Dear Bishop of Coventry

Controversy surrounds the funeral of Jill Phipps at Coventry Cathedral, but Oxford's first fellow in theology and animal welfare argues that a church should be the natural home for animal rights activists
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Indy Lifestyle Online
You made a bold decision to support the use of Coventry Cathedral for the funeral of the animal rights activist Jill Phipps. And a prophetic one, too.

Don't be dismayed by the view of one Conservative MP that this means the Church "is taking sides on the animal rights issue". The Church has taken sides - and by and large, it's still on the wrong side.

Apart from the honourable exception of the Dean and Chapter of Canterbury Cathedral, there has been a deafening silence on the part of your senior and episcopal colleagues. As the nation's conscience has been racked by details of barbarism and cruelty, the leadership of the Church of England has turned the other way.

The truth is that the history of Christian attitudes to animals is shameful. "It is not wrong for man to make use of them either by killing or any other way whatever," wrote St Thomas Aquinas, setting the seal on the Aristotelian view that animals are here for our use.

Pope Pius IX forbade opening of an animal protection office in Rome on the grounds that humans had no duties to animals. The new Catholic Catechism reinforces the old view that all material creatures were created for the sake of humans.

Given this weight of theological indifference, it is all the more astonishing that early reformers found inspiration from the Christian tradition. The RSPCA was founded as a specifically Christian society in 1824. This counter tradition, suppressed by Pope Pius IX in Italy, flourished in England.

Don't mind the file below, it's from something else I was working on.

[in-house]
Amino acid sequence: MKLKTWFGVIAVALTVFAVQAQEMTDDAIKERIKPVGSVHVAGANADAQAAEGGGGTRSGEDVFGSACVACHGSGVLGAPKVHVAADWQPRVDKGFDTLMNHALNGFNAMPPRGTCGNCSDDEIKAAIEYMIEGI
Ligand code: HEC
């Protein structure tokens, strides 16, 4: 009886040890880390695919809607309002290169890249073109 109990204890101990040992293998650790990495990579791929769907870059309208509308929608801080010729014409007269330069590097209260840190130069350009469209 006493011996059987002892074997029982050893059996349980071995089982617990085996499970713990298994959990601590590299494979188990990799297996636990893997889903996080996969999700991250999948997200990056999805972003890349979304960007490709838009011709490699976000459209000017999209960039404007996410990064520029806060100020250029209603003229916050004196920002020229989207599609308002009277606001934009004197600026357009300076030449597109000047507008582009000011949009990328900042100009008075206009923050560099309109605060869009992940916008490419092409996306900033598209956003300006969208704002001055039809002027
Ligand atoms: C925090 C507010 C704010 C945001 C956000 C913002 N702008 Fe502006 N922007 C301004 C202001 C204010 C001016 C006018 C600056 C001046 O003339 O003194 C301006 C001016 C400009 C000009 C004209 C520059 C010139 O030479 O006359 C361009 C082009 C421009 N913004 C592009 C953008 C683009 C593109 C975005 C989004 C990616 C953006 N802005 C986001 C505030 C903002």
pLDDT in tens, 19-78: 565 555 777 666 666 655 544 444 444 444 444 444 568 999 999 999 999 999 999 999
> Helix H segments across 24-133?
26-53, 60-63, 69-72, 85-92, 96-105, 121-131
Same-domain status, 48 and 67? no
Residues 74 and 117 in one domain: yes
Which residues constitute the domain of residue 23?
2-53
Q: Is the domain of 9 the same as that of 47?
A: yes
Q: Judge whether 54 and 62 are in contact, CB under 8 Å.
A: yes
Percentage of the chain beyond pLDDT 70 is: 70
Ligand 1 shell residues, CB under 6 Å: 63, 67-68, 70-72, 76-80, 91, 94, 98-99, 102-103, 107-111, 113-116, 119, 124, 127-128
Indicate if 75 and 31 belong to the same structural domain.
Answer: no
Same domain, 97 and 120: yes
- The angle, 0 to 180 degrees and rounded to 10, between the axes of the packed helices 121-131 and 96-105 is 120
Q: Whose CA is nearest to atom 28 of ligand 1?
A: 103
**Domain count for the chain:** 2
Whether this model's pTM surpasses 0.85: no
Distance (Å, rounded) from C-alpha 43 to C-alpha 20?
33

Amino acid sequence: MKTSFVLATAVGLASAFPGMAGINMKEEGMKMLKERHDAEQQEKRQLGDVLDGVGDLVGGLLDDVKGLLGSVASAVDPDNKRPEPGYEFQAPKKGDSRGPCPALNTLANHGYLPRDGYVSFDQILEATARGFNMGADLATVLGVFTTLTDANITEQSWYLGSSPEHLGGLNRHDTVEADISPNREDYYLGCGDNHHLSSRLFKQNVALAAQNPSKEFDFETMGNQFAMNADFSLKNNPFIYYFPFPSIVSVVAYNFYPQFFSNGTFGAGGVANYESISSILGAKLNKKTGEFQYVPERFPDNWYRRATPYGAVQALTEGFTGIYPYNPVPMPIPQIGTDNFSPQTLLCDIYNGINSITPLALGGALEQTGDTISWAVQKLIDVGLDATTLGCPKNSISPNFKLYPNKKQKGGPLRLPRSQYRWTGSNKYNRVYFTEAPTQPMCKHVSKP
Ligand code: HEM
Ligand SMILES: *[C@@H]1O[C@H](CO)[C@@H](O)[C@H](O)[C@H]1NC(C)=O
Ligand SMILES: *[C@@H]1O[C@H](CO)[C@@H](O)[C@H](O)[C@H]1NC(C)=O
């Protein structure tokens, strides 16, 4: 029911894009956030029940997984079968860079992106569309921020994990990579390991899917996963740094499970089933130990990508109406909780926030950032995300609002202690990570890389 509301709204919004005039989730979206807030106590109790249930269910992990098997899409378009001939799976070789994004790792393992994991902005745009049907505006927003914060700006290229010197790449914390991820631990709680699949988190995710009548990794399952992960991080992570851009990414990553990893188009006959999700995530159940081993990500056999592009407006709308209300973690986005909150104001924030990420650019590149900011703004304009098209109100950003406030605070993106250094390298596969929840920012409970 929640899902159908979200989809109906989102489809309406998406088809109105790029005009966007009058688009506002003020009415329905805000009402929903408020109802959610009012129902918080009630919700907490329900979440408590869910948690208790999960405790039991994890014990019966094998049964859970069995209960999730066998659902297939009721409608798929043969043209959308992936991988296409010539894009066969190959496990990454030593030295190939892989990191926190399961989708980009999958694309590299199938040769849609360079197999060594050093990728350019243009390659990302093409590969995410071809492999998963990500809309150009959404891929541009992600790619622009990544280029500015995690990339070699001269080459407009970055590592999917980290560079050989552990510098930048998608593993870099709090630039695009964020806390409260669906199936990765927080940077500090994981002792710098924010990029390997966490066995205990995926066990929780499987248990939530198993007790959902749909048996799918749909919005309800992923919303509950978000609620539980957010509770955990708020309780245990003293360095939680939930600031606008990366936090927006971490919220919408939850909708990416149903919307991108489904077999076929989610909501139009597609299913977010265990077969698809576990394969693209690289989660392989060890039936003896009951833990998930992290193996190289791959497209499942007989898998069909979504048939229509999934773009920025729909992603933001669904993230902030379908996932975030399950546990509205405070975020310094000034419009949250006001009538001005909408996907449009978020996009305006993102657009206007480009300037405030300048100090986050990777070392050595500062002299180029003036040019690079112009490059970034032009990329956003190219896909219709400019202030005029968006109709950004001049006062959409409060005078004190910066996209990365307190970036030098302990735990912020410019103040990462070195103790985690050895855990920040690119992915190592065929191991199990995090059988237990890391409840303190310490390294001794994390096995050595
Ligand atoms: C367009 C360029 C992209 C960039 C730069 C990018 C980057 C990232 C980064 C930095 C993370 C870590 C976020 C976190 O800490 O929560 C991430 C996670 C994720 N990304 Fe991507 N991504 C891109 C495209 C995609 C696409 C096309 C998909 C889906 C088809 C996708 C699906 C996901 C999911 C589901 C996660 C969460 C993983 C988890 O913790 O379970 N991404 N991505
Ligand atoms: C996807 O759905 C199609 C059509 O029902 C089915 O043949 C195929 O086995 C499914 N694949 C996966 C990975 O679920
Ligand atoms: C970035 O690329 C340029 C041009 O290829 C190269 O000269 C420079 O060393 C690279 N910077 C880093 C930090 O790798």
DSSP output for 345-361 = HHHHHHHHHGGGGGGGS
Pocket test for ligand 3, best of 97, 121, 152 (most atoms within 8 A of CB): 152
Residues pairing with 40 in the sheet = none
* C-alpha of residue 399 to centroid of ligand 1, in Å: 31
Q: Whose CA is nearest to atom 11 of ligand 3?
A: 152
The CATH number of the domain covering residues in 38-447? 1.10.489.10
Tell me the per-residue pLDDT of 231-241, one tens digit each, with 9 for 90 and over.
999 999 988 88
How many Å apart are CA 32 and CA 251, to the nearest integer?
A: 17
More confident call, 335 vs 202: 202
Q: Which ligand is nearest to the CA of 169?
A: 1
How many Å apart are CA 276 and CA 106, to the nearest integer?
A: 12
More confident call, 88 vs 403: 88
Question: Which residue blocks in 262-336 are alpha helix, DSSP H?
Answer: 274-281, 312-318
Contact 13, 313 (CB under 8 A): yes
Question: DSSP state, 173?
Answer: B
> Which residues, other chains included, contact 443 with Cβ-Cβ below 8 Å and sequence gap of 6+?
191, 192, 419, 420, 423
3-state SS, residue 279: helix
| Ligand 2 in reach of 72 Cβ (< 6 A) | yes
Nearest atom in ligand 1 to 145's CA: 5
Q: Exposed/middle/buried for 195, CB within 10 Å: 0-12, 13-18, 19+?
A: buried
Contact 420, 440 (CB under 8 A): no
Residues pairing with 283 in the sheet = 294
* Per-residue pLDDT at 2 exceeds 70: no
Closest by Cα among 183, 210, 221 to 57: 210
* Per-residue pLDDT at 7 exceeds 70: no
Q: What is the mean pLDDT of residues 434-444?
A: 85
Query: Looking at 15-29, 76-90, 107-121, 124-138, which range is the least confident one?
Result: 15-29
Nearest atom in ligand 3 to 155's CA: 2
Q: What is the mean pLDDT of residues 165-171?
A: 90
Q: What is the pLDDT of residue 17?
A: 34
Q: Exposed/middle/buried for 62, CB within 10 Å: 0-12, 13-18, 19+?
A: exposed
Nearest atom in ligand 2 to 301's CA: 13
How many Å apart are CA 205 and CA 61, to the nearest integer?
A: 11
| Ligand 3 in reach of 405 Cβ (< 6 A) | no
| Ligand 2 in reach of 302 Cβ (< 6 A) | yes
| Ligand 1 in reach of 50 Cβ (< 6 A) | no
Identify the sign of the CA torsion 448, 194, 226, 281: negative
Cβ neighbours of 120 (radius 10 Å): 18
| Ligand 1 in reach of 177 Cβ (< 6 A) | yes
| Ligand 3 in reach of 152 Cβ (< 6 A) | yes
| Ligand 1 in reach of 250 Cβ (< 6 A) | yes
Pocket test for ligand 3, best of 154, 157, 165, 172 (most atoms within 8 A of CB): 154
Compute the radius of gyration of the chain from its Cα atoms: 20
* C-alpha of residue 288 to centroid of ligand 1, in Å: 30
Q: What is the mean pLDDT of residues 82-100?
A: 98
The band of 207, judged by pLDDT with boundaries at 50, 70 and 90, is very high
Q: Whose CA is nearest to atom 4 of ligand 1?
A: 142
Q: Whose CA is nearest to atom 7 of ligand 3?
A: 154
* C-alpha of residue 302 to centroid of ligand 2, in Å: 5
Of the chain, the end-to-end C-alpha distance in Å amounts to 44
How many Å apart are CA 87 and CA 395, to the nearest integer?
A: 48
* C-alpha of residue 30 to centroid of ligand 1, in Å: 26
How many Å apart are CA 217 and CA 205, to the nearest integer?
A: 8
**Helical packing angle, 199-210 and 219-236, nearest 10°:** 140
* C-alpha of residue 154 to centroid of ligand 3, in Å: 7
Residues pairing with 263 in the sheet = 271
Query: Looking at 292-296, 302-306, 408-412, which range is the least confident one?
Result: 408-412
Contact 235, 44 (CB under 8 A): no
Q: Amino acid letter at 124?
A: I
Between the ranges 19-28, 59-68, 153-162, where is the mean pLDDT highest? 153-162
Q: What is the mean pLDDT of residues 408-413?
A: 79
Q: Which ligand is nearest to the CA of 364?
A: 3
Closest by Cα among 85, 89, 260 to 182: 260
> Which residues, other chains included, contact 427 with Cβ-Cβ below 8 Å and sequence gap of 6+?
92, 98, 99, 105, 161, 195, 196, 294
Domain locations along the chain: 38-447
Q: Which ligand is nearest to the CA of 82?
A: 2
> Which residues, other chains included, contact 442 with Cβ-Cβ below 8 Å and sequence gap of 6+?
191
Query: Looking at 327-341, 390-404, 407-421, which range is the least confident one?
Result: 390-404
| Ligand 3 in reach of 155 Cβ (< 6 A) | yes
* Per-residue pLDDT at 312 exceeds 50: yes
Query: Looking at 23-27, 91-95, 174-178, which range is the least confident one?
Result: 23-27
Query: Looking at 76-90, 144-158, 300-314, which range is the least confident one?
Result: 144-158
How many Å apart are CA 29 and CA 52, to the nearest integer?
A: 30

Its main theological basis was simple - cruelty was incompatible with moral generosity. "We may pretend to what religion we please, but cruelty is atheism,'' trumpeted the 19th century divine Humphry Primatt. Those who pioneered anti-cruelty legislation were regarded as freaks and subversives. The Times commented after the failure of the first attempt to ban bull-baiting in 1800 that "whatever meddles with private personal disposition of a man's time is tyranny direct".

Yet the anti-cruelty movement gained ground, and in its heyday in the 19th century counted among its supporters almost the entire ecclesiastical elite.

The Church is not being brought into the animal rights arena; it has always been there. Christian theology has both defended and critiqued animal cruelty. Now the Church stands at a moral crossroads; once a leader in the movement for the protection of animals, it now has to decide whether it is in the procession.

The opening of Coventry Cathedral's doors to a dead animal rights activist is a small gesture. But it is symbolic of how those who work for justice for animals are once again at the doors of the Church. Church leaders are going to have to work hard to find good arguments to keep them out.